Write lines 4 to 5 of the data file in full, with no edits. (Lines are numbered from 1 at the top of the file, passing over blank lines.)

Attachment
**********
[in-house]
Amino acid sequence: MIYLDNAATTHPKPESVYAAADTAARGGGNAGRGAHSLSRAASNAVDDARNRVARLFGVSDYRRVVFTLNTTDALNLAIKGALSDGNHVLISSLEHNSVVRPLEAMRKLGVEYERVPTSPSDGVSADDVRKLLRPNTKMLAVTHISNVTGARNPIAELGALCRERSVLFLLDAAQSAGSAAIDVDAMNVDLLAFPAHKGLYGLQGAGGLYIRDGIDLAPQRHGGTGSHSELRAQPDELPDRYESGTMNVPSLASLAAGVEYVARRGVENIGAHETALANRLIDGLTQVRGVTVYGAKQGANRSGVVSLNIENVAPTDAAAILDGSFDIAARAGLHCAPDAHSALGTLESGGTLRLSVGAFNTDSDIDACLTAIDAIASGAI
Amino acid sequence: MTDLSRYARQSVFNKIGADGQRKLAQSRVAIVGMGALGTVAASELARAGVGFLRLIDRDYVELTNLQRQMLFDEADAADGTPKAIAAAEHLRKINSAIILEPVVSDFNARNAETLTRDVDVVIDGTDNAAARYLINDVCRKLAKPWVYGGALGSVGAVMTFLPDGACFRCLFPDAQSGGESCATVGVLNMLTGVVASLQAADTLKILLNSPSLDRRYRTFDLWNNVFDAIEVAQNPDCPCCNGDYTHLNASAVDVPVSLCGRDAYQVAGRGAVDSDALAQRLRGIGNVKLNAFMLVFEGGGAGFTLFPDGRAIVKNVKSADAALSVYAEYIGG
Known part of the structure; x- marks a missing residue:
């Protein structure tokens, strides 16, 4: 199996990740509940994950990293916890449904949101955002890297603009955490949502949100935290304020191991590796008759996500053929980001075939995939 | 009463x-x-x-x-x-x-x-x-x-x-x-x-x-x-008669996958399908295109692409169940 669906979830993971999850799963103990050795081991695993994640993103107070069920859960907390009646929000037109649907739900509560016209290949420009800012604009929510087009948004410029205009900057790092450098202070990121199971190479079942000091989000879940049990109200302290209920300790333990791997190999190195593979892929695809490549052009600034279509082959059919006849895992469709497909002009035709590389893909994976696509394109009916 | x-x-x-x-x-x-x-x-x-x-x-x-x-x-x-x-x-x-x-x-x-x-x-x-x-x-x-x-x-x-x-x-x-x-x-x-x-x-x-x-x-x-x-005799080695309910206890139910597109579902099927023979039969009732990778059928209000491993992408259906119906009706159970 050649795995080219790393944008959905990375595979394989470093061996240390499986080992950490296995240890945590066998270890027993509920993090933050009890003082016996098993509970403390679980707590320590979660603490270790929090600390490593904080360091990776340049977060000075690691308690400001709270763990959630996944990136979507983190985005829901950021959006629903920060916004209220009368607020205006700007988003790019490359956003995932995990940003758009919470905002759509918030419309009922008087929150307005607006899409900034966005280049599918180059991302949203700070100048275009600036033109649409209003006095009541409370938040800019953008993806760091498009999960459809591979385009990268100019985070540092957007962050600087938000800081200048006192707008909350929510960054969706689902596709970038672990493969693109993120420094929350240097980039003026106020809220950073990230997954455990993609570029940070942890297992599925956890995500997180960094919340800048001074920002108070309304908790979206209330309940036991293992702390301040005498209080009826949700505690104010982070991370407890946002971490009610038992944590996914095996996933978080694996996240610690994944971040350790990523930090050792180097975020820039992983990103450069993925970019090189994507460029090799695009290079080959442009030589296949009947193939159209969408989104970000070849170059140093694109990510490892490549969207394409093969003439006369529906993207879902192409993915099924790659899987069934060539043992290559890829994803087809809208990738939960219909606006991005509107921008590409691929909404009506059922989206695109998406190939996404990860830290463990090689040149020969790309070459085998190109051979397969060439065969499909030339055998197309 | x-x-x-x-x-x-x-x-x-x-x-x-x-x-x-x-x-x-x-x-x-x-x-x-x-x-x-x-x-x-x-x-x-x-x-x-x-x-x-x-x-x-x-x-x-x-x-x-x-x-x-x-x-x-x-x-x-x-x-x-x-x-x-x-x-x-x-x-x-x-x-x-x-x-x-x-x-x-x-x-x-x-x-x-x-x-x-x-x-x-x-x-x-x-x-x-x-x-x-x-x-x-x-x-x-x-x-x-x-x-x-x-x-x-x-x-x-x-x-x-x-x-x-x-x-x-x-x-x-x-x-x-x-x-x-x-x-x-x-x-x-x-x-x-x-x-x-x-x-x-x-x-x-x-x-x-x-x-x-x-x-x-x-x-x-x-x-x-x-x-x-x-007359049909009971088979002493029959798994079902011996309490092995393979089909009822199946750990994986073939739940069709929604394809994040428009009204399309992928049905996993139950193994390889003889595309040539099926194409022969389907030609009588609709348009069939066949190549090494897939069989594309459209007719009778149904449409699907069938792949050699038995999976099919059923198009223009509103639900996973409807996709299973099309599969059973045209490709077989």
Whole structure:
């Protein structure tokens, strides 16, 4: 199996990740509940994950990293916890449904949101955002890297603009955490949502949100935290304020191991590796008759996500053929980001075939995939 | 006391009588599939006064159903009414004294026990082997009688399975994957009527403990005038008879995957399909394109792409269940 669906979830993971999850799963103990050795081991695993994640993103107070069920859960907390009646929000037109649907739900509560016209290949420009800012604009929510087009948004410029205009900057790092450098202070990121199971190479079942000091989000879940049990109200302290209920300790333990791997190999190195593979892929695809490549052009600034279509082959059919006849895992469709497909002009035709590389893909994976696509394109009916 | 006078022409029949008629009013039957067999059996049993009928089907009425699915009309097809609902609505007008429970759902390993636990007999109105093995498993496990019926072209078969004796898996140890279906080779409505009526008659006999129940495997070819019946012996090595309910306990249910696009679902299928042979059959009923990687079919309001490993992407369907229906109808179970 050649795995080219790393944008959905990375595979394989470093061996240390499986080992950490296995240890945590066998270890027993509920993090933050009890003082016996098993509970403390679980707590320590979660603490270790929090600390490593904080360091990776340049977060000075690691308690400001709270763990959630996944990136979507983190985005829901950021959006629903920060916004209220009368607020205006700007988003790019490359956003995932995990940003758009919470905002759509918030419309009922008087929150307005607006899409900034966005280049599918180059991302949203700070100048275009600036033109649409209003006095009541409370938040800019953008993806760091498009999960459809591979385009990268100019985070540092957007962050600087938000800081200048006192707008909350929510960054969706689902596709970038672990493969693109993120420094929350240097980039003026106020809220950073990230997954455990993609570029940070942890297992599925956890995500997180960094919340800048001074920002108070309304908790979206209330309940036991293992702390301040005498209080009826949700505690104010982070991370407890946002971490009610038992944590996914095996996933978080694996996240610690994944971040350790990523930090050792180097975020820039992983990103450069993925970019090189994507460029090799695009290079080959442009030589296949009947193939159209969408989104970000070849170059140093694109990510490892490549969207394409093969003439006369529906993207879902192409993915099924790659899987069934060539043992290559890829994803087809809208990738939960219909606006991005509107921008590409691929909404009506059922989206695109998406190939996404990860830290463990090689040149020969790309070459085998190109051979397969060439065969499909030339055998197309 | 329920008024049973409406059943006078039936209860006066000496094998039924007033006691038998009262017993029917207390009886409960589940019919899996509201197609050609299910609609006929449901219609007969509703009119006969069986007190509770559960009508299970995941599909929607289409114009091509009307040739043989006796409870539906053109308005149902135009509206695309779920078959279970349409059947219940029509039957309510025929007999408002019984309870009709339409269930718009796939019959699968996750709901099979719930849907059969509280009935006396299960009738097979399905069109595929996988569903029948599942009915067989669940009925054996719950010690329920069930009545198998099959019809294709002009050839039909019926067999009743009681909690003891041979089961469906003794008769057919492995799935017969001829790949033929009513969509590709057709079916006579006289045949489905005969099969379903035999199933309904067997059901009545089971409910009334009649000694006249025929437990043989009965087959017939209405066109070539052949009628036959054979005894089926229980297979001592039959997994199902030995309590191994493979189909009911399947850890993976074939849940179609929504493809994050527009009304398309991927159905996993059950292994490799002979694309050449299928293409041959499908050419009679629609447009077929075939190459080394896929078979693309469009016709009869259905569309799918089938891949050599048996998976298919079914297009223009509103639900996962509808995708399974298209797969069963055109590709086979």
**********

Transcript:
Known part of the structure; x- marks a missing residue:
């Protein structure tokens, strides 16, 4: 199996990740509940994950990293916890449904949101955002890297603009955490949502949100935290304020191991590796008759996500053929980001075939995939 | 009463x-x-x-x-x-x-x-x-x-x-x-x-x-x-008669996958399908295109692409169940 669906979830993971999850799963103990050795081991695993994640993103107070069920859960907390009646929000037109649907739900509560016209290949420009800012604009929510087009948004410029205009900057790092450098202070990121199971190479079942000091989000879940049990109200302290209920300790333990791997190999190195593979892929695809490549052009600034279509082959059919006849895992469709497909002009035709590389893909994976696509394109009916 | x-x-x-x-x-x-x-x-x-x-x-x-x-x-x-x-x-x-x-x-x-x-x-x-x-x-x-x-x-x-x-x-x-x-x-x-x-x-x-x-x-x-x-005799080695309910206890139910597109579902099927023979039969009732990778059928209000491993992408259906119906009706159970 050649795995080219790393944008959905990375595979394989470093061996240390499986080992950490296995240890945590066998270890027993509920993090933050009890003082016996098993509970403390679980707590320590979660603490270790929090600390490593904080360091990776340049977060000075690691308690400001709270763990959630996944990136979507983190985005829901950021959006629903920060916004209220009368607020205006700007988003790019490359956003995932995990940003758009919470905002759509918030419309009922008087929150307005607006899409900034966005280049599918180059991302949203700070100048275009600036033109649409209003006095009541409370938040800019953008993806760091498009999960459809591979385009990268100019985070540092957007962050600087938000800081200048006192707008909350929510960054969706689902596709970038672990493969693109993120420094929350240097980039003026106020809220950073990230997954455990993609570029940070942890297992599925956890995500997180960094919340800048001074920002108070309304908790979206209330309940036991293992702390301040005498209080009826949700505690104010982070991370407890946002971490009610038992944590996914095996996933978080694996996240610690994944971040350790990523930090050792180097975020820039992983990103450069993925970019090189994507460029090799695009290079080959442009030589296949009947193939159209969408989104970000070849170059140093694109990510490892490549969207394409093969003439006369529906993207879902192409993915099924790659899987069934060539043992290559890829994803087809809208990738939960219909606006991005509107921008590409691929909404009506059922989206695109998406190939996404990860830290463990090689040149020969790309070459085998190109051979397969060439065969499909030339055998197309 | x-x-x-x-x-x-x-x-x-x-x-x-x-x-x-x-x-x-x-x-x-x-x-x-x-x-x-x-x-x-x-x-x-x-x-x-x-x-x-x-x-x-x-x-x-x-x-x-x-x-x-x-x-x-x-x-x-x-x-x-x-x-x-x-x-x-x-x-x-x-x-x-x-x-x-x-x-x-x-x-x-x-x-x-x-x-x-x-x-x-x-x-x-x-x-x-x-x-x-x-x-x-x-x-x-x-x-x-x-x-x-x-x-x-x-x-x-x-x-x-x-x-x-x-x-x-x-x-x-x-x-x-x-x-x-x-x-x-x-x-x-x-x-x-x-x-x-x-x-x-x-x-x-x-x-x-x-x-x-x-x-x-x-x-x-x-x-x-x-x-x-x-007359049909009971088979002493029959798994079902011996309490092995393979089909009822199946750990994986073939739940069709929604394809994040428009009204399309992928049905996993139950193994390889003889595309040539099926194409022969389907030609009588609709348009069939066949190549090494897939069989594309459209007719009778149904449409699907069938792949050699038995999976099919059923198009223009509103639900996973409807996709299973099309599969059973045209490709077989």